Restriction, isolation, health crisis, death: The year begins with foreboding language. At first, danger seems far away, “isolated ‘’ in China, then less distant, the first case in the U. S. on the west coast, 1750 miles from my home. But as surge and spread uptick, distance becomes the illusion of reprieve. I need a healthy response, to build and sustain body and mind. I pay attention to an unexplored landscape, safe and serene, right for wondering and wandering. What I find brings me back to rituals and practices that have influenced me since childhood, the importance of which I have tried forget.
Under a gunmetal sky, among skeletons of trees, and on frozen hills, I walk each day through the 176 acres of Glendale cemetery and the adjacent acres of the Masonic and Jewish cemeteries, rarely seeing more than a few other masked visitors, learning the names of veterans of multiple wars, of immigrant survivors. I find a memorial dedicated to the six million victims, what my father defined as our ancestry, taken by war not disease, what he regularly told me to remember. It would be years before I consider how war has produced more loss than disease: the loved ones, our hopes, the land. The six years I attended Hebrew school, all the way to becoming a Bar Mitzvah, the wiseacre in me whispered “in the beginning, there were six….” But that was buffoonery, and during these somber months of the surge, I look to what I believe will outlast the pandemic, the word inscribed in stone, the messages we preserve. Paying attention each day to inscriptions on markers, gravestones, and monuments, I recall how my father, uncle and I focused on language carved in stone during our yearly visits to the family plot in Staten Island. Assigned to trim the grass on the graves, then to sing prayer, I became the family’s landscaping cantor. Now, hearing my father’s voice, I pay attention to what is written that will outlast us, inscriptions that describe identity not disease, words of simple affection ( “ Samuel William Ohringer, “ friend to all. Bill was a Mensch.” ), that stir me to investigate representations of life. And sometimes leaving home, after research and before reading an inscription, I search for a particular gravestone, and finding it, imagine the care and respect of a particular approach to burial, as with Sarah Greenfield, interred with her one-year-old daughter, Orthodox Jewish fashion, wrapped in shrouds without coffins, the year of the first burials in the cemetery. To respect the word that outlives us, I regularly return to a burial place of the word, the Genizah at Glendale, a repository for old Torah scrolls and prayer books, the burial site for preserving God’s written name.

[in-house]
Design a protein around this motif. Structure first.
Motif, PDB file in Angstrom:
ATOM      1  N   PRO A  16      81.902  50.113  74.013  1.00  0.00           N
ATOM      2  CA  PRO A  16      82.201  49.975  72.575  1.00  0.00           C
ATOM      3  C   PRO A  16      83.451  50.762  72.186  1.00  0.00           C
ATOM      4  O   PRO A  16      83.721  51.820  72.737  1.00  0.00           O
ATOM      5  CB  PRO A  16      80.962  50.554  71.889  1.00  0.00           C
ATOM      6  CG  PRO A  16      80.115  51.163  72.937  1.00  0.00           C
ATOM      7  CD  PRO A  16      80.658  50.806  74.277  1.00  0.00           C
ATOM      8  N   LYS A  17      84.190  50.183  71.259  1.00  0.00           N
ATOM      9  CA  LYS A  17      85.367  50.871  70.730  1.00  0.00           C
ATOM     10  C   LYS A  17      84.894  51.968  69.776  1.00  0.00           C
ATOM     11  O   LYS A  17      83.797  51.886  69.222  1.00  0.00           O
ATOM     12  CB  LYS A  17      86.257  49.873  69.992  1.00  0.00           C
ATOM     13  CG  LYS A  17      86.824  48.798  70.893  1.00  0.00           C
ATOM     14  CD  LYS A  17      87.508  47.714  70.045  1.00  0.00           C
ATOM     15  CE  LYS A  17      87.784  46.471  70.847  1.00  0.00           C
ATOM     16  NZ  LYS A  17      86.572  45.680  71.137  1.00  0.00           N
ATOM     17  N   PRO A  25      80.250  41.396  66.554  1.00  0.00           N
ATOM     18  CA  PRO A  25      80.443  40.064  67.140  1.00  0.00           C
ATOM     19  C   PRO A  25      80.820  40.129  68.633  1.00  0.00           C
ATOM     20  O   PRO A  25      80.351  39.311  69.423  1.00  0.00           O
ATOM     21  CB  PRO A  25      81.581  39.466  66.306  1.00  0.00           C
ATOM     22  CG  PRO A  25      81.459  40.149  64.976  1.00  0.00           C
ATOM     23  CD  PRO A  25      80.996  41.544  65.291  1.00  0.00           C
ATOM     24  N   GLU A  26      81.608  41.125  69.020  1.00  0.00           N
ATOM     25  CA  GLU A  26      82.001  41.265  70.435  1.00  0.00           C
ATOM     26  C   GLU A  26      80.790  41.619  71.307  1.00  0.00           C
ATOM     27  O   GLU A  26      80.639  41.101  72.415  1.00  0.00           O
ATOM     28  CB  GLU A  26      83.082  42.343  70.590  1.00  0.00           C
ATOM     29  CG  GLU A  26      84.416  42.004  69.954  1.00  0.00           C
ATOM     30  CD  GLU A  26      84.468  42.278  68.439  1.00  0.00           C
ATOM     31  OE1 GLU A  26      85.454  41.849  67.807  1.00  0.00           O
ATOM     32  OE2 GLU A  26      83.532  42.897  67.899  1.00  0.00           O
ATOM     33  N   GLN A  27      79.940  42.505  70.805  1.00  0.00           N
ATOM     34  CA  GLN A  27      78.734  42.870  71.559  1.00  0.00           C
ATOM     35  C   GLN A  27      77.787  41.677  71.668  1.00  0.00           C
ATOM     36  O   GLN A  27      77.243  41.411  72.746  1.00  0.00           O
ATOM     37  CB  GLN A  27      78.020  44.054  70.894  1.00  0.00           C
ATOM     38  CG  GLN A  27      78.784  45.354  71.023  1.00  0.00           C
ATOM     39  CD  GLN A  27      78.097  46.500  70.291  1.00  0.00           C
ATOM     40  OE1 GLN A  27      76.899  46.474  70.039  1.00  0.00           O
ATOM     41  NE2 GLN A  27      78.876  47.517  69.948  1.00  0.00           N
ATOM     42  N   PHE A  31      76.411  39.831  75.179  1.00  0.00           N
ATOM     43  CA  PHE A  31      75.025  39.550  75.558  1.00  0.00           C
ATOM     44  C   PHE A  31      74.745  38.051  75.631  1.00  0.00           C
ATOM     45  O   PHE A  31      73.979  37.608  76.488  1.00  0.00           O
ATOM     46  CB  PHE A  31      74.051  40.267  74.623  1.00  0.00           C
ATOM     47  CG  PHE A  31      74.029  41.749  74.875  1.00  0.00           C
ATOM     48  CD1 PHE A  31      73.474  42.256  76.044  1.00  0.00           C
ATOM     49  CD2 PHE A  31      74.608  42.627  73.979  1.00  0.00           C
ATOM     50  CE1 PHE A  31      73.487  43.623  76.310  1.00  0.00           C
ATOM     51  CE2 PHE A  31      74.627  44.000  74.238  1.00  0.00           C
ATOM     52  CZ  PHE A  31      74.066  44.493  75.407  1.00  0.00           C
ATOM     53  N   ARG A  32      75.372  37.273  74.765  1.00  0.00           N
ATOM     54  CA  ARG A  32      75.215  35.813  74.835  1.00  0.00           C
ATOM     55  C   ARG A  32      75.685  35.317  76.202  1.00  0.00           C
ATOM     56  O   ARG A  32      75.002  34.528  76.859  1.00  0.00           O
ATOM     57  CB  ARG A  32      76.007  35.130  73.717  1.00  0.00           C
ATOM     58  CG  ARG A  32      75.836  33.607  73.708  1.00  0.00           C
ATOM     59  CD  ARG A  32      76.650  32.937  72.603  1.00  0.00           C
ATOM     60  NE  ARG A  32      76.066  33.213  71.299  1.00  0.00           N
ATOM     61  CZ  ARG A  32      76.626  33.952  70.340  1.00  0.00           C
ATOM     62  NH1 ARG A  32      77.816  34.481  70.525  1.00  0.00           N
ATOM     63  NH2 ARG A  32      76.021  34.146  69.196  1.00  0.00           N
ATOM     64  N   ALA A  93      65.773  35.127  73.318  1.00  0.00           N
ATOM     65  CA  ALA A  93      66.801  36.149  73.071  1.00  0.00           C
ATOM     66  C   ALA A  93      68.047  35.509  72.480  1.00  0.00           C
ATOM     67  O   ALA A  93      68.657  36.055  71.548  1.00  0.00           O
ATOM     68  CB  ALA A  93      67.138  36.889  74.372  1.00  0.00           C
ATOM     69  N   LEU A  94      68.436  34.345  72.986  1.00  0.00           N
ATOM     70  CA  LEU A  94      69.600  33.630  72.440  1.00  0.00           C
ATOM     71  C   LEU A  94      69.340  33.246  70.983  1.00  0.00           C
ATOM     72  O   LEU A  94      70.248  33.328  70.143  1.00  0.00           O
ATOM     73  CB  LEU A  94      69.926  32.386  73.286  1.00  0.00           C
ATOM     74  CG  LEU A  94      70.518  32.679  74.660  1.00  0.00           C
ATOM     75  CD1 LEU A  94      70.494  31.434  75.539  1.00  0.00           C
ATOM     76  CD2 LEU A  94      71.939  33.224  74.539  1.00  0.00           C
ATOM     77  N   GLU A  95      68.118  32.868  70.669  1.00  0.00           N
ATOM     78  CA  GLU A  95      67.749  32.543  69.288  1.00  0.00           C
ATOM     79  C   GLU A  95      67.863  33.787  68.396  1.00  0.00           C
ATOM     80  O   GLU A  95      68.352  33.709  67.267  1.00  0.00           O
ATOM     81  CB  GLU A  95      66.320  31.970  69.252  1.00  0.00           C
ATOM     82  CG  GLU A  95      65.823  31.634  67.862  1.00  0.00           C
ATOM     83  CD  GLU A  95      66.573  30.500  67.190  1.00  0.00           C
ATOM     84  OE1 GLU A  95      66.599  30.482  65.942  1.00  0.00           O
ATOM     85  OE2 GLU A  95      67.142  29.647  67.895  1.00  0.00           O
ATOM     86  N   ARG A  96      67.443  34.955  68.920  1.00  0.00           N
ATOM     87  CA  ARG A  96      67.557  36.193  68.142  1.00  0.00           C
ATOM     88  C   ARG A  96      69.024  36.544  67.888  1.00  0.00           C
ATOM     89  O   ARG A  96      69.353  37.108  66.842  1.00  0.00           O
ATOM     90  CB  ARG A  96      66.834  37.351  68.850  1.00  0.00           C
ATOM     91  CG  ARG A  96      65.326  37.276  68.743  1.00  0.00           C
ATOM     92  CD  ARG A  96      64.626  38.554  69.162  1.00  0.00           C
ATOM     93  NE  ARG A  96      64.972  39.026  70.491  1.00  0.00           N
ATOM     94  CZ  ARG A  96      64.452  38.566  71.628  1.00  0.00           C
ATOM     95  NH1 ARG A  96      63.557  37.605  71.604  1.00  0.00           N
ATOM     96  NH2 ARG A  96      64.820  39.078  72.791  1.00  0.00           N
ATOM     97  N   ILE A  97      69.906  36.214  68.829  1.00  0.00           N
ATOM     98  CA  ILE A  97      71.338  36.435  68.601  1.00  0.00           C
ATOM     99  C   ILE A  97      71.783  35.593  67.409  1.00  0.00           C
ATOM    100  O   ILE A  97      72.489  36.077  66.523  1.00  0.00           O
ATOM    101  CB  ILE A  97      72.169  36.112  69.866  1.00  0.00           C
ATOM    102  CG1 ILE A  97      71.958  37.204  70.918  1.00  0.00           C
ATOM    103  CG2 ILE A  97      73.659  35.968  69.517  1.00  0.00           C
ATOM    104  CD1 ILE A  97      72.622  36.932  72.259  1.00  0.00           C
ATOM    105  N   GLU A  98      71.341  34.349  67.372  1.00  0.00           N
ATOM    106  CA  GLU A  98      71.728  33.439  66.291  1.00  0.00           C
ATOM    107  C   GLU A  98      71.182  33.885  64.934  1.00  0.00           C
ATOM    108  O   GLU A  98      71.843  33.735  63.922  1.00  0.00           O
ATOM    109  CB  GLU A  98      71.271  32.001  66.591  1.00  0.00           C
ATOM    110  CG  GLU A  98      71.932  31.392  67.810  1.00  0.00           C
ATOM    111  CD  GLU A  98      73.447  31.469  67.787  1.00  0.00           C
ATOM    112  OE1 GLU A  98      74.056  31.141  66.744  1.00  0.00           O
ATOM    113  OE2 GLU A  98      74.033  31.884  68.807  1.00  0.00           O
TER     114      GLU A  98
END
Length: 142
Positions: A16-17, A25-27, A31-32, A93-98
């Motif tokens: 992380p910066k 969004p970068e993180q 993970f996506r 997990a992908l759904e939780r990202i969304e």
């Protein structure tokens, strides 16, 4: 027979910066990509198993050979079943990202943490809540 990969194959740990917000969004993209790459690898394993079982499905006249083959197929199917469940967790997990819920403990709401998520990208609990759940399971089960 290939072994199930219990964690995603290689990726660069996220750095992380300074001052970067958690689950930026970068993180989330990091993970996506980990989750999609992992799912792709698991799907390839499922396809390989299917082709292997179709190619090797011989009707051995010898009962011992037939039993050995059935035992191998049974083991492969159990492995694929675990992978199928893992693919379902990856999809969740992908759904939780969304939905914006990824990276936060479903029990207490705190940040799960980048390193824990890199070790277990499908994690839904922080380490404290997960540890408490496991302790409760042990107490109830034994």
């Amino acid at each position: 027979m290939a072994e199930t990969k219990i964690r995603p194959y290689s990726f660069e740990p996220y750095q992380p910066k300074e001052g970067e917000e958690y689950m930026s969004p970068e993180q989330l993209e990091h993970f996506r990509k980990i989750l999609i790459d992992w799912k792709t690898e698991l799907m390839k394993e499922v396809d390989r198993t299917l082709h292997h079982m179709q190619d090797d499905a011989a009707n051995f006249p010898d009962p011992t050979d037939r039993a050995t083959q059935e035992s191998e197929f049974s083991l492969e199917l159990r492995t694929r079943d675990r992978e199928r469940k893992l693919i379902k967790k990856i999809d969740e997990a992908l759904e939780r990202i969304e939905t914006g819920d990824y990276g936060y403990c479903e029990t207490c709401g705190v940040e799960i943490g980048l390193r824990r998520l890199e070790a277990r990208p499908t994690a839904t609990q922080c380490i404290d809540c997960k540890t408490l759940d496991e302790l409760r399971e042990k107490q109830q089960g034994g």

By late spring, under a brilliant blue sky, the gradual flush of green elm, red maple, and immense oak diminishes winter’s panorama of barren trees and marked stones. Whole districts of graves are partially or totally hidden. Geese settle on the pond, or peck on rising hills below lackadaisical hawks floating on air currents, bluebirds traversing budding branches, and a singular blue heron gracefully rising to the top of a thirty-foot pine. Deer spotted on thawing hills stare back. We are still for minutes, until they decide to graze or move over the hill. And I continue my walks, remembering the foreboding leitmotif from Game of Thrones: “Winter is coming.” I text a friend in northern Minnesota a more optimistic message: “Winter came and passed, and I am still here.”